Category Archives: Artist Spotlight

About Mr. Spencer by Junie Morrison


mr-mrs-charles-spencerMr. & Mrs. Charles Spencer
(Photograph compliments of Charles B. Spencer)

Suffice it to say, those who know Mr. Spencer would certainly rank him as the best music teacher they’ve ever had. His influence has followed me throughout my career and his willingness to support my talent and the talents of others, is unparalleled.

I first saw Mr. Spencer when I was a student in elementary school.  Our entire school was called into an assembly one morning, where we found this young African American man who announced that we were, all of us, going to sing a song in three part harmony. To top it off, the song we were to sing would be in Latin.

I had been the pianist for my church choirs for quite a few years by then so I was intrigued by the audacious approach that was being directed toward students of our entire school, most of whom weren’t even remotely interested in music. Or anything else, for that matter.

To make a short story long, in a matter of minutes, Mr. Spencer had separated us into three groups, used one of those new fangled overhead projectors; to let us “see the notes and lyrics we were singing” and the result, I swear to you, was miraculous.  Mozart’s “Dona Nobis Pacem” was performed flawlessly by my comrades and I, within a matter of minutes. And, you know how short the attention span of elementary school kids can be.

Going forward, I had the great fortune to be taught by Mr. Spencer in high school. My first year there did not see me participating in choir.  However, at an assembly, I had the good fortune to see his choir perform… it was the most amazing performance I had ever seen or heard.

“Mozart’s “Dona Nobis Pacem” was performed flawlessly by my comrades and I, within a matter of minutes.”

Unfortunately, it was very hot that day and the lion’s share of the choir passed out on stage, going down like bowling pins, in front of everyone. This was devastating to me, so I missed the first year.  After building up my courage, I signed up for the next year on.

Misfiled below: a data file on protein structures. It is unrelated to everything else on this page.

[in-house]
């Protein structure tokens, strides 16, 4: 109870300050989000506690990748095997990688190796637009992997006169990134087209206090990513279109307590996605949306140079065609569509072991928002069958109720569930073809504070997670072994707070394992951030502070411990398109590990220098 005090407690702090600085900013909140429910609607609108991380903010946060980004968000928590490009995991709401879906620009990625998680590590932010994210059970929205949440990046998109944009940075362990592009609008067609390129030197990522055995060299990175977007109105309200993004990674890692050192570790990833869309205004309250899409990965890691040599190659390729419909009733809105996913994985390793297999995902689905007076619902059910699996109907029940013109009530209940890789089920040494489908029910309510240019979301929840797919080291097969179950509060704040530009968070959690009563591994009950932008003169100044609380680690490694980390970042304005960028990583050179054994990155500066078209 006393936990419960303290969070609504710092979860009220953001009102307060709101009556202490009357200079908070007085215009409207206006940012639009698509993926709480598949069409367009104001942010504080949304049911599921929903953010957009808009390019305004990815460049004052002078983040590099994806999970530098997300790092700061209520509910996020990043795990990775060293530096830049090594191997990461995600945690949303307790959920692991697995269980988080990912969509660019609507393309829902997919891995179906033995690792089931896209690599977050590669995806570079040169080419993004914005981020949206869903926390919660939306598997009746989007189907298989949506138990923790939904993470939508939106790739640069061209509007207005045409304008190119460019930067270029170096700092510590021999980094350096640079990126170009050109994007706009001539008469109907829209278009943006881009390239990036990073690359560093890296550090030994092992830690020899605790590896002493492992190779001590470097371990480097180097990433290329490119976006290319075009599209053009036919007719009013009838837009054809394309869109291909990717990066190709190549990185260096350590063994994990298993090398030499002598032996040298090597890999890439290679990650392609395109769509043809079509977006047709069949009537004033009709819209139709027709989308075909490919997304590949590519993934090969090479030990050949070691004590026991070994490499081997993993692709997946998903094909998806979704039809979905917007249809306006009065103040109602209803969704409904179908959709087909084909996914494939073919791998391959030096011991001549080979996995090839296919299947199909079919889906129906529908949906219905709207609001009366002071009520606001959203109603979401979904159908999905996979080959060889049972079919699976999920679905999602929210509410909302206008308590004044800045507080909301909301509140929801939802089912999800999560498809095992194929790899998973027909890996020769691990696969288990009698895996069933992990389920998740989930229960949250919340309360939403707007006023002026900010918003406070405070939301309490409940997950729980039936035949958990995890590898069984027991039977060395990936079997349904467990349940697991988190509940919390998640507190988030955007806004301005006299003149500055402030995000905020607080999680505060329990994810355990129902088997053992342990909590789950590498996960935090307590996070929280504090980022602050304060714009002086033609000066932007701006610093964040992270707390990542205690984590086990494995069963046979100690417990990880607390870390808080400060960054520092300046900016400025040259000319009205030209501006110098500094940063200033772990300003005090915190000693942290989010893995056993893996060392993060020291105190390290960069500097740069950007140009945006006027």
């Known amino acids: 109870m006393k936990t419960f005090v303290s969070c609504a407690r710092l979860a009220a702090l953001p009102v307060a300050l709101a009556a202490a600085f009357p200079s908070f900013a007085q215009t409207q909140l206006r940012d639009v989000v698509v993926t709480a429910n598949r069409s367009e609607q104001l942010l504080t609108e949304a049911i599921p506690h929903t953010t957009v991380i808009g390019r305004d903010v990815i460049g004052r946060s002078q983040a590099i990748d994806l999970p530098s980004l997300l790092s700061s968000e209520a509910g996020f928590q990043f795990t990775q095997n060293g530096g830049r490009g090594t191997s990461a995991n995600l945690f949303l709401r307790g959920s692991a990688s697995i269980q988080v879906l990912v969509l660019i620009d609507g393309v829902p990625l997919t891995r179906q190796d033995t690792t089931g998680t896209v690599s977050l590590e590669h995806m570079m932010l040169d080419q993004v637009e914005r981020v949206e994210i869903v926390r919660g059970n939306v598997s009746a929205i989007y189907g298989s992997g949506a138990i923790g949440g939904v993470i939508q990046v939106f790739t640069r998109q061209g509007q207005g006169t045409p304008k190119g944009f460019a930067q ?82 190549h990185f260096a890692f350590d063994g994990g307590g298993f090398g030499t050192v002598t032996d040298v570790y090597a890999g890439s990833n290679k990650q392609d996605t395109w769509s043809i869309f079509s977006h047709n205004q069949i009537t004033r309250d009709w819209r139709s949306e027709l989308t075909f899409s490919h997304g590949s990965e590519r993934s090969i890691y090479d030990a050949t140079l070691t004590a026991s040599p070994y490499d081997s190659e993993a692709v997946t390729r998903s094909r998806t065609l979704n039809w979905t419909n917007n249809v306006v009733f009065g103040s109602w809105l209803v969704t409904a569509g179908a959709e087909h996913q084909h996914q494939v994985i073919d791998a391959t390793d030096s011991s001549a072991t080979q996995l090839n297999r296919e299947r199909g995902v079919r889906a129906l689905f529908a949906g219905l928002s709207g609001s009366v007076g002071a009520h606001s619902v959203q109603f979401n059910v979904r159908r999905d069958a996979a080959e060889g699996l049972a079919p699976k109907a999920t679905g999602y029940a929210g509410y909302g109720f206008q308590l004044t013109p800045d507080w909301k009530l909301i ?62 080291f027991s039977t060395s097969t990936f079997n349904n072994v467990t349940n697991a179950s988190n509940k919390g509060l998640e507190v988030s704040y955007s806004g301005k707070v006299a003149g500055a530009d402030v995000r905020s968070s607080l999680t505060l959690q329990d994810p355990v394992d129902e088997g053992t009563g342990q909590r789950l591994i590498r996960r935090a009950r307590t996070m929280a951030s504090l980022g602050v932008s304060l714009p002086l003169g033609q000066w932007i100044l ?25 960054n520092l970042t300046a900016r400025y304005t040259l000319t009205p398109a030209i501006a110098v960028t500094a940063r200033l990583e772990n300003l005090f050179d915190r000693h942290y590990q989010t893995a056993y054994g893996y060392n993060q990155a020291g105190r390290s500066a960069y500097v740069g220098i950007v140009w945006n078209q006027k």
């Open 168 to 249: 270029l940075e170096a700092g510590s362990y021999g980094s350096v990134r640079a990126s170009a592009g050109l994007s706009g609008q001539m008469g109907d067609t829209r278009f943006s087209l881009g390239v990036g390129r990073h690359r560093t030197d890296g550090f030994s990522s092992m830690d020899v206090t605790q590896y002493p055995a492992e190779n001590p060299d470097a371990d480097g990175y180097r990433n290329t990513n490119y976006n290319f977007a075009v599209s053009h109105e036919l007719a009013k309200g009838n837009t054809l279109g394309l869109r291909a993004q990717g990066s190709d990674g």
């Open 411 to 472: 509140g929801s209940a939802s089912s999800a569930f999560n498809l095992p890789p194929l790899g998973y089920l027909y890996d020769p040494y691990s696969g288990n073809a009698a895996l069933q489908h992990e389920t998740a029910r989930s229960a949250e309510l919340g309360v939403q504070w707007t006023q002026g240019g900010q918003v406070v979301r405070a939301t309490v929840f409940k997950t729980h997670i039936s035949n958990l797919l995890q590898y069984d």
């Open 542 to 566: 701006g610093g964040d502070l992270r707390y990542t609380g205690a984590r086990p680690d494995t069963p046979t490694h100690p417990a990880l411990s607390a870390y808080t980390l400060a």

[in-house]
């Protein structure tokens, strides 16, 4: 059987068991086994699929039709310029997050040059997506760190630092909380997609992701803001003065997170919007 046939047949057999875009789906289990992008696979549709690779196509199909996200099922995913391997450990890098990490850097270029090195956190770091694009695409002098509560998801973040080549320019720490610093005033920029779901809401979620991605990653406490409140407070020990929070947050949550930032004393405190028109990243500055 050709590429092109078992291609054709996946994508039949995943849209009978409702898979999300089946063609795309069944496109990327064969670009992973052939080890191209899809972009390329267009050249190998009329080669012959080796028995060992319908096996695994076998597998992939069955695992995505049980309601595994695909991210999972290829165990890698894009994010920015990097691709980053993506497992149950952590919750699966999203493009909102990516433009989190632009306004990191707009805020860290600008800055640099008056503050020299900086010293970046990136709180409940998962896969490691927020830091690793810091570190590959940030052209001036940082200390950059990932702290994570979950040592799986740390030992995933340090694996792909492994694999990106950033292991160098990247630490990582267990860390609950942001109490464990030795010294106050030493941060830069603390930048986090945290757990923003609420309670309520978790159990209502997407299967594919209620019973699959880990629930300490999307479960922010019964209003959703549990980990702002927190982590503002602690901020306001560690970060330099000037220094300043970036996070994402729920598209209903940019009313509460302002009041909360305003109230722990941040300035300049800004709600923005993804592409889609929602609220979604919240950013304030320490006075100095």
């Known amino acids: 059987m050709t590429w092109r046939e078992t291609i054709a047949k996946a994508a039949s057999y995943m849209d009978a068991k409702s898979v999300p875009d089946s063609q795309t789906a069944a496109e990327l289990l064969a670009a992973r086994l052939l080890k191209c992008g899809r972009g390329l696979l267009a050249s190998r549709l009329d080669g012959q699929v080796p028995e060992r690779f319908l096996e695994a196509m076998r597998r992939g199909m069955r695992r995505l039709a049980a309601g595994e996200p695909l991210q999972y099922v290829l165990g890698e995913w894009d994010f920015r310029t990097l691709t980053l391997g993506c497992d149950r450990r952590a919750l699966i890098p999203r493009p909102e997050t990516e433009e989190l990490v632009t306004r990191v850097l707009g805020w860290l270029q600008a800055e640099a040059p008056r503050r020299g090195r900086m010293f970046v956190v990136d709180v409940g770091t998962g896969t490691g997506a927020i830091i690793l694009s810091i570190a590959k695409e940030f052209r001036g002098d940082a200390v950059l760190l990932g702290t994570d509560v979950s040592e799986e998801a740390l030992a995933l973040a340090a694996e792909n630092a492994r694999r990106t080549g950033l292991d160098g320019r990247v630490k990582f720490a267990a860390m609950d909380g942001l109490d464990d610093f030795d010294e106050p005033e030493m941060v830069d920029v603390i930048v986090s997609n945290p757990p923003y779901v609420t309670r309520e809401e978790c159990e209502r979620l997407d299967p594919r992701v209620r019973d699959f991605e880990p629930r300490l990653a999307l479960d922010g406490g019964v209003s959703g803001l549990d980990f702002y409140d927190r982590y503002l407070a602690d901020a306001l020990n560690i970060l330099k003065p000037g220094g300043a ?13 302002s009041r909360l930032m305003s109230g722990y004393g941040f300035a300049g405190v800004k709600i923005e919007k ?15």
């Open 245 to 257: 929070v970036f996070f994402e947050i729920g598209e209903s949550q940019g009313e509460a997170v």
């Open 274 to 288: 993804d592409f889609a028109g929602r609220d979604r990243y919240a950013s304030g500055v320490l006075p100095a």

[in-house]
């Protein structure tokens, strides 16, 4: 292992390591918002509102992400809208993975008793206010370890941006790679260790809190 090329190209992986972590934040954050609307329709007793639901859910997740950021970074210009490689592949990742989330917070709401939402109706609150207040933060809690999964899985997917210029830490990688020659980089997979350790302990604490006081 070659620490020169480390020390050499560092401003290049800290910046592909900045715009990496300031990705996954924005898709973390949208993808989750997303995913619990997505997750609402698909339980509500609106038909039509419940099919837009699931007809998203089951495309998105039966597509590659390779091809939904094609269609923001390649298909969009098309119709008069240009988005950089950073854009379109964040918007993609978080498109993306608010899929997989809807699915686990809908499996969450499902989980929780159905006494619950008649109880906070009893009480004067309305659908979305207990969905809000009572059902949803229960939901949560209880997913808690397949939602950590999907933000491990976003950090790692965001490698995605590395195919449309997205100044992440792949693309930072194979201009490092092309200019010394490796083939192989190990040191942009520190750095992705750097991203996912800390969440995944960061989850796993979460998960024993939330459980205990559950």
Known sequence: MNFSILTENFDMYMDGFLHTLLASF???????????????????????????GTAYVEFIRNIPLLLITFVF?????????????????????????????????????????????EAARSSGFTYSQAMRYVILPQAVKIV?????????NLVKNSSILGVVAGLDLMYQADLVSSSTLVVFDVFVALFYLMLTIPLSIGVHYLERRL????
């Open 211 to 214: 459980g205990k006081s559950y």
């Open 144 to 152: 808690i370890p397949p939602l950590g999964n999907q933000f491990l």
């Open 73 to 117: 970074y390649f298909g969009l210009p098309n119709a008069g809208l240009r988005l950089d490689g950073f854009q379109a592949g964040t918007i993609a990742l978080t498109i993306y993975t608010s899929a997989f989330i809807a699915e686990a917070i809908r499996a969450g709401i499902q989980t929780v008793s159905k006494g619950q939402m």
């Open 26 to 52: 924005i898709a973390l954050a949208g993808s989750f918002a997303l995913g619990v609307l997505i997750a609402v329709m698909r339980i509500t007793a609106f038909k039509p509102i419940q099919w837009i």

Needless to say, Mr. Spencer’s choir was phenomenal. We learned many lessons about life as it pertains to social interactions and being competitive in general, as well as to the state of race relations around competitions and the like.

Each day, our morning roll call would be at 6:00 a.m. We liked the class so much that we would gladly pay a fine if we were even a second late, come rain, snow or hell. Anyone who would be late would stumble into the choir room, out of breath… “Did I make it?”  We would all burst into laughter and point at the collection jar for fines. At the end of the year, we would invariably have donated enough for a new reel-to-reel tape machine for recording and critiquing our rehearsals.  Awesome.

As a result, our choir was invited to perform at every high school in the area and we never walked away without winning an award for our efforts. We were even invited, every year, to perform Handel’s “Messiah” at the city’s largest cathedral during Holy Week. Keep in mind, that we performed the entire piece from memory, which is over two hours long.

“His influence has followed me throughout my career and his willingness to support my talent and the talents of others, is unparalleled.”

From a personal perspective, I was fortunate enough to be the “student choir director” at many of our concerts; copying Mr. Spencer’s incredible techniques, of course.